- At their place of employment;
- When they have asked for all further communication to cease; or
- After they have refused to pay the debt
Other harassing behaviors include providing false or misleading information, using obscene or profane language, or making threats of violence, harm, or legal action, when no legal action is intended or allowed.
Written Debt Notification
The original text of the FDCPA only established requirements for the minimum content of the initial demand letter, allowing creditors and collection agencies to add more information. With Reg F, however, the CFPB instituted the Model Validation Notice, a standardized template for the initial demand letter. The model validation has an itemized breakdown of the debt, several disclosures, information on a consumer’s rights, and a tear-off section at the bottom to give the consumer the options to request the original creditor’s name and address, submit a payment, dispute the account, or request the notice be re-sent in Spanish. Failure to provide any of this information could result in additional complaints from the consumer.
Approximately 20 percent of the complaints received in 2021 were for accusations of harassment, including repeated phone calls, phone calls outside of acceptable hours, and ignoring a consumer’s request to stop contacting them. Regulation F established new limitations on the volume of phone calls placed to a consumer, but did not specify limitations on contacting them through other channels.
Safeguarding Against Consumer Complaints
Consumer complaints about debt collection increased by 47% from 2020, and credit and consumer reporting complaints were up by 122%. As a creditor, it’s crucial to have easily accessible account information available at all times and to ensure your third-party agencies are compliant with all the latest regulations. Some ways to protect your organization and minimize the number of complaints include:
- Consolidate Systems: One of the easiest ways to protect your organization is to designate a single system as the system of record, even if account information is stored in various systems, including several third-party agencies. One, it makes disputes less likely as there is a single source of the truth and therefore less opportunity for glitches and technical issues to affect the consumer interaction, and two, as disputes arise, you’ll have easy access to the records you’ll need and can respond quickly to consumers.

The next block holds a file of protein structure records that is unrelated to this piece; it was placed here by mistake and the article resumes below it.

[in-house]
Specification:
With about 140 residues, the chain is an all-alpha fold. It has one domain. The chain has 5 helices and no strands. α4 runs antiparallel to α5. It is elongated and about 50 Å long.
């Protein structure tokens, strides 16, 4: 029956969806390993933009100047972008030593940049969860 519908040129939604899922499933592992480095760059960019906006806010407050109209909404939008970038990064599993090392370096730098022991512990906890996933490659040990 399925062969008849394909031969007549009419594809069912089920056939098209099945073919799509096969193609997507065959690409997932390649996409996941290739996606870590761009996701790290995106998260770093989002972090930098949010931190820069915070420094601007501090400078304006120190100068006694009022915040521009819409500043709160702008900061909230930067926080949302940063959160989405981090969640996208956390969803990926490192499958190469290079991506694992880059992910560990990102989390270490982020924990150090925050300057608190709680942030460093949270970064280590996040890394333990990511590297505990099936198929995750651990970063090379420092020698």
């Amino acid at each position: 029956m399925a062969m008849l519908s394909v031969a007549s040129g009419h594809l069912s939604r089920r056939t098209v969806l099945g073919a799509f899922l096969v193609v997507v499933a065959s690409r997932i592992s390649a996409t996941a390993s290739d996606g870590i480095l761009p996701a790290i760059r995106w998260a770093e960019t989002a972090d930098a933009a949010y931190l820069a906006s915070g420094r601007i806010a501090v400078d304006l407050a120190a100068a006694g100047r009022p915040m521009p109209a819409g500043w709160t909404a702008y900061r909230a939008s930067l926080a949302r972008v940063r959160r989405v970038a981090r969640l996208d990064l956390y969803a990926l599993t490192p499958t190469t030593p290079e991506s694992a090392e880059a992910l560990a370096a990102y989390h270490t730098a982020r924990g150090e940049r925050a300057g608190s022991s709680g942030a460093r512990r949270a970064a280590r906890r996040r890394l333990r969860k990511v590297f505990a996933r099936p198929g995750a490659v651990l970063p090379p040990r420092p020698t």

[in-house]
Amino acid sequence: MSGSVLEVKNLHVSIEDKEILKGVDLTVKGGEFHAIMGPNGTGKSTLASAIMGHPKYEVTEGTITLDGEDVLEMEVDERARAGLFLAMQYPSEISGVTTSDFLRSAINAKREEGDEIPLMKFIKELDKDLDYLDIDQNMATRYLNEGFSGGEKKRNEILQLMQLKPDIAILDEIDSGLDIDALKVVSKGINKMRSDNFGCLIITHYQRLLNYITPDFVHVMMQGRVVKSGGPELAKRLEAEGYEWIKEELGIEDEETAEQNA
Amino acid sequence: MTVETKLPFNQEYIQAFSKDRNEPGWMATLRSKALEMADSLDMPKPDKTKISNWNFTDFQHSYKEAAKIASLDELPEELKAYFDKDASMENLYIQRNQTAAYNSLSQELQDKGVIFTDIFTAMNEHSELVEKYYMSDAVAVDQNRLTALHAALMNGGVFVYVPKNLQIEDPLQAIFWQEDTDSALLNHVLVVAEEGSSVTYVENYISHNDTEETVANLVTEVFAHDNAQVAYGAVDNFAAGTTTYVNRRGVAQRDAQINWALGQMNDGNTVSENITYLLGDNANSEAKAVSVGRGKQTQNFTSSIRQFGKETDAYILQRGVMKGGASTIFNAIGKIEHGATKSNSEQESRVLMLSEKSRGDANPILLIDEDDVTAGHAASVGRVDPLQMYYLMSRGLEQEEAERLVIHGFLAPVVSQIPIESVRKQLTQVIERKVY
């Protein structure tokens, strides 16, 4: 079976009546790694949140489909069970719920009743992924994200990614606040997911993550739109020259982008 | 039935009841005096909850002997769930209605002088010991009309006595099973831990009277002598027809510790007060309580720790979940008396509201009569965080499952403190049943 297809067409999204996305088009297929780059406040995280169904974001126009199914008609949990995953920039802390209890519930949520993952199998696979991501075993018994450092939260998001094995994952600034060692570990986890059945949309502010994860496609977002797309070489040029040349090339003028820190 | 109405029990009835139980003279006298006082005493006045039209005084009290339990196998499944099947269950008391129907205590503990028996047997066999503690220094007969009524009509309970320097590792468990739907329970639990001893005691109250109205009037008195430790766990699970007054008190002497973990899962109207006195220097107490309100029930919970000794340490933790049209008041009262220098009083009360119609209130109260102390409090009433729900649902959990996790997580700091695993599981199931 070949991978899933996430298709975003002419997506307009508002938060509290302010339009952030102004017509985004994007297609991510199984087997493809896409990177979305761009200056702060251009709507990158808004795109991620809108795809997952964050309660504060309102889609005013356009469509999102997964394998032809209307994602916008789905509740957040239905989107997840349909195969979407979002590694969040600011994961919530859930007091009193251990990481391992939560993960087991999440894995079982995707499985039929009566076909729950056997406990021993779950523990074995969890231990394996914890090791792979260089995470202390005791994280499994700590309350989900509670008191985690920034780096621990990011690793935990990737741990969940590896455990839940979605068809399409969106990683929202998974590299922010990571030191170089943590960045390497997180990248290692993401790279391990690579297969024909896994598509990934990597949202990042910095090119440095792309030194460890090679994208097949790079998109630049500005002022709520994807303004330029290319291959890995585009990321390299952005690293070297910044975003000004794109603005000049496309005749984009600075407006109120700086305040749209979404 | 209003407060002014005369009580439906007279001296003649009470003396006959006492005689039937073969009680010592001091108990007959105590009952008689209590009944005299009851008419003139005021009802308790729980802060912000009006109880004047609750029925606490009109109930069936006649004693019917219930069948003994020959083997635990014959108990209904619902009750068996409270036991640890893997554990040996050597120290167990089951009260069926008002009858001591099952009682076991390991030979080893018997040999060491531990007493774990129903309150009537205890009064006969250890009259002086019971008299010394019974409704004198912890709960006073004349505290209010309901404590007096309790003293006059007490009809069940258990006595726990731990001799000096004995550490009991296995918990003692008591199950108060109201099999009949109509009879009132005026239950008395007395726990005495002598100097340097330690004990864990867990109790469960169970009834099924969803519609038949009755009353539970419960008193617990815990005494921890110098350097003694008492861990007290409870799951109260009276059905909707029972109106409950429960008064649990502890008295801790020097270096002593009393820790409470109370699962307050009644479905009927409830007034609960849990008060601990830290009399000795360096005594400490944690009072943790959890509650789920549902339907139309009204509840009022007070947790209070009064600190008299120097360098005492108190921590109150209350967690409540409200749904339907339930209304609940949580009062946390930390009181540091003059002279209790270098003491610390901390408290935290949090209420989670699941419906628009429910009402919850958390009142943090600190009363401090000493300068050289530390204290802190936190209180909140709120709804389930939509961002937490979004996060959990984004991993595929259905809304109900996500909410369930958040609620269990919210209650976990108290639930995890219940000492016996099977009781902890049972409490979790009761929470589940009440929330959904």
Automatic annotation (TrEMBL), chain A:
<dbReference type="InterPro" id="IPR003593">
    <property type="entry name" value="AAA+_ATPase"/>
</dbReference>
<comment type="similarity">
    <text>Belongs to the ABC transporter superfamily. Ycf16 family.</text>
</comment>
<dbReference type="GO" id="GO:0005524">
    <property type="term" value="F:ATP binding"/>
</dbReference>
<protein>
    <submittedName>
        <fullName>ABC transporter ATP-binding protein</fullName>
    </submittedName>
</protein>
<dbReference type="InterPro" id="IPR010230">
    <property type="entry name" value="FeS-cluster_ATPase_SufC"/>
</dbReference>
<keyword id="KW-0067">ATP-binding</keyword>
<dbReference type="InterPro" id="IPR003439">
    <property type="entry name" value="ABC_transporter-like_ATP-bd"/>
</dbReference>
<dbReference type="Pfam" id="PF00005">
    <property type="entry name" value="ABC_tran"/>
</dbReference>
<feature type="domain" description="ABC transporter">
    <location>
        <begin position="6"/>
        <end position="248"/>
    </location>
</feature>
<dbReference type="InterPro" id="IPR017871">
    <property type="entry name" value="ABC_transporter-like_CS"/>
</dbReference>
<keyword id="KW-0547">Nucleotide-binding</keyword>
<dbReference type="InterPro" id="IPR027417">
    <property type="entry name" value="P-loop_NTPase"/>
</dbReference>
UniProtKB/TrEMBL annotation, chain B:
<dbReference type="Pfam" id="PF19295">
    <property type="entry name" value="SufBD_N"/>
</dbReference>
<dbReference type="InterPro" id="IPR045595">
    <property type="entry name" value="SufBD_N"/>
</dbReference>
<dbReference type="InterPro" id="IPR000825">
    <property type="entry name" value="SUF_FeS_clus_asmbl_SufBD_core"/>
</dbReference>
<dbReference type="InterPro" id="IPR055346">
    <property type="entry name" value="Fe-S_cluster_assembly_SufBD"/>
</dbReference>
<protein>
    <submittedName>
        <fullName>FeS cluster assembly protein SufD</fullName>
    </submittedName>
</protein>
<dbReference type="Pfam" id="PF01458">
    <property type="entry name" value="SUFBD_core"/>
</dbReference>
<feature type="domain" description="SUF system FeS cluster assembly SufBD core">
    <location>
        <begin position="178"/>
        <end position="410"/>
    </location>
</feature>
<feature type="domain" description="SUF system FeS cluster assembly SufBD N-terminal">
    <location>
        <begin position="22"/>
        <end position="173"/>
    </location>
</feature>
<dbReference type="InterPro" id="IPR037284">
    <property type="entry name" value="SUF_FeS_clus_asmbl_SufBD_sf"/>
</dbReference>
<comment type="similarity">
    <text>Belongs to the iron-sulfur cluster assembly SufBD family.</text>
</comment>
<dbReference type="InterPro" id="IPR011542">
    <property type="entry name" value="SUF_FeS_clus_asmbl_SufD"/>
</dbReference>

- Make Sure Your Agents Identify Themselves: Even if they’ve connected with the consumer before, collection agencies should disclose who they are - especially through digital communications, which may come as an unwelcome surprise to some consumers.
- Educate Consumers: Collectors should always notify consumers of their rights to dispute the debt, request more information, or opt out of communications entirely.
- Holistic Approach to Consumer Interaction: While Regulation F still leaves room for interpretation as to the volume of digital communications allowed, creditors would be wise to monitor the frequency and efficacy of all communication media as a whole, rather than implementing discrete, disconnected calling, email and SMS strategies.
- Maintain Privacy: Whenever possible, prioritize the privacy of the consumer. Use verified contact information first, and leave limited information in voicemails and other messages.
- Report Quickly: Establish clear processes not only for responding to complaints and disputes, but also for ensuring the information is updated as quickly as possible with your third-party agencies and any credit bureaus who have reported on the account.
- Automate and Monitor: Take advantage of new technologies that allow you to track all third-party activities and manage your complaint and dispute processes seamlessly between you and your collection agencies.